In this article we'll review common Outlook rendering issues and how to resolve those.
Outlook is easily the most troublesome email client. The trouble stems from Outlook (2007+) using Microsoft Word as the rendering engine. Next time you're using Word for a writing project think about this product rendering HTML and CSS code. Recall any memories of your Word document not aligning well with text and images? Or being finicky with margin? Well, those same struggles carry into Outlook email rendering!
Unfortunately, Outlook's limited support for web standards results in many frequently asked questions like "Why does my email look broken in Outlook?"! Knowing a few design tricks can help save the day.
Topics covered in this article:
Outlook will rendering text formats unexpectedly when there is extra code (span tags etc) in the text HTML. Most often bad code is introduced into a text area when copying and pasting the text from an outside source.
Here are some ways to make sure your text HTML avoids bad code:
- Typing text into a text block manually (instead of copy/paste)
- Copy/paste your text and then click clean in the text block to remove all HTML formatting copied over (highly recommended!)
- Use the Base style in the STYLESHEET > ESSENTIAL STYLES > GENERAL STYLES. Learn more.
- Use Word with styles set up to easily copy/paste text with formatting applied. Learn more.
Outlook is particularly troublesome when rendering side by side content like two images side by side.
A quick trick is to add a Container to your design and then put other content blocks inside the container. The container will create a table and will help Outlook align images and blocks.
A very common issue in Outlook is when the email is pushing out on the right side. There are several reasons this could be happening.
Are there any long words or email addresses displayed in the email? Long words will push out the boundaries of the HTML because they don't automatically hyphenate or wrap to the next line like shorter words with spaces do.
For example, a long email address like this might cause an issue if it inside a narrow column of text:
Instead of showing the entire address, use shorter words:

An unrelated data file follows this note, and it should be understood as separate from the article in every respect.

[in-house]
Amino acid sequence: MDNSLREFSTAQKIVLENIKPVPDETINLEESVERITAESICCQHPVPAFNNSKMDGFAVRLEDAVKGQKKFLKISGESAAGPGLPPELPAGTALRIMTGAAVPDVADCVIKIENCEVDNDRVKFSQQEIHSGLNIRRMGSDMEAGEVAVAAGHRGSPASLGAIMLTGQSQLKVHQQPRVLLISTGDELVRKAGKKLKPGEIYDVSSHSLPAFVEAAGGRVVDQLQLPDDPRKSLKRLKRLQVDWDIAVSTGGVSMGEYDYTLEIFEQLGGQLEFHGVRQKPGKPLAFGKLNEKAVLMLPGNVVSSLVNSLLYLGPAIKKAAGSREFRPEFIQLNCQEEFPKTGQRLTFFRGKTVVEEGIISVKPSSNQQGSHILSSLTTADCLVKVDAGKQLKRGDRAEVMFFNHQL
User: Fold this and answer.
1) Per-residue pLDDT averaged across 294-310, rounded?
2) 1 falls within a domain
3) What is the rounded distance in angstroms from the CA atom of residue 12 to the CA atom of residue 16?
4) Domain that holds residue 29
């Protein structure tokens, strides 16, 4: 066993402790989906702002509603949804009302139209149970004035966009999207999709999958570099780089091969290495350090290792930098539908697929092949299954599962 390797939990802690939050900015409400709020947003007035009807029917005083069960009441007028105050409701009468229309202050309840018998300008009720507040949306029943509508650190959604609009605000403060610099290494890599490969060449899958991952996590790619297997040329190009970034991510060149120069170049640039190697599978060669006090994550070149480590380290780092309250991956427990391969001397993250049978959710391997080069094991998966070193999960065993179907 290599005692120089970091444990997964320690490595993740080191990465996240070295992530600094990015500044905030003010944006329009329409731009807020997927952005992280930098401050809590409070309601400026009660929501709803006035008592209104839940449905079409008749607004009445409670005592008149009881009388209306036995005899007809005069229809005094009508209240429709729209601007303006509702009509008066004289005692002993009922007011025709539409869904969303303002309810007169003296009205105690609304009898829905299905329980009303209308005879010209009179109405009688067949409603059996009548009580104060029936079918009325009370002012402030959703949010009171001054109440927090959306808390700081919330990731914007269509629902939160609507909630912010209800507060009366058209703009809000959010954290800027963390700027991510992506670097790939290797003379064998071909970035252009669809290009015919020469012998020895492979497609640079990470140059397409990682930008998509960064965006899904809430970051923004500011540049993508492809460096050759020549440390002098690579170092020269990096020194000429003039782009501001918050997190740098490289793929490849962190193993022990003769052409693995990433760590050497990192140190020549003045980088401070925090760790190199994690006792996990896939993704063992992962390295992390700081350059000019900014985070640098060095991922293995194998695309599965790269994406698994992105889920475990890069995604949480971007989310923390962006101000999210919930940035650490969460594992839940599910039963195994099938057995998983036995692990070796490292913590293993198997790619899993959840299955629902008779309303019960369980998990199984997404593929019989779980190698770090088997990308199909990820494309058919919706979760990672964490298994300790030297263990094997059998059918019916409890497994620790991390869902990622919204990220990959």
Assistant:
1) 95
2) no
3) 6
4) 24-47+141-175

Text areas with large images inserted
Are there any text blocks with large images inserted? A text block will always use the exact size of the image uploaded into it. Uploading a wide image that extends beyond the width of the text area will push out the boundaries of the HTML.
Buttons with no-wrap applied
Are your buttons using the no-wrap class? The no-wrap class is designed to keep Outlook from wrapping text in a button. It's a great feature if you like your button text to stay on one line. Long button text though can lead to the button pushing out the right side of the email. Keep button text short to avoid this issue.
Percentages for width and spacing
Outlook has trouble rendering percentages for widths or spacing (margin and padding). Always use pixels in these fields to help Outlook behave.
Do you have a border around a container, text, or image block? Outlook PC often has trouble with borders, especially if borders are set to 0px or used as spacing (like padding or margin). Try adjusting the border or removing it to see if this helps.
Extra hidden content in code
Rarely, extra code stays in the template causes the side to push. If you've reviewed all the other points above this may be the cause. Email us to help sort it out.
Outlook sometimes adds a white space at the button of the email (below the footer). If this happens the best way to work around the white space is to put all your blocks into one Container and set the STYLESHEET > Email Background > Container to the same color as the Email Background container color.
Outlook renders email at a max width of 600px wide. In Modern Editor you might be working with a template that is 800px wide. Keep in mind this width change as it could be the cause for text and images rendering differently than the preview in Modern Editor suggests it will.
If needed, you can adjust the width of your email in Outlook. Learn more.
Outlook actually has an image height limit of 1728px and crops from the top down. Next time you see an image cropping oddly, check the total height of the image.
Are you seeing thin horizontal white lines in your design? This is actually a bug introduced by Microsoft in Outlook 2016 (PC). Below are some links that describe the issue. This issue has been reported to the Microsoft Outlook team.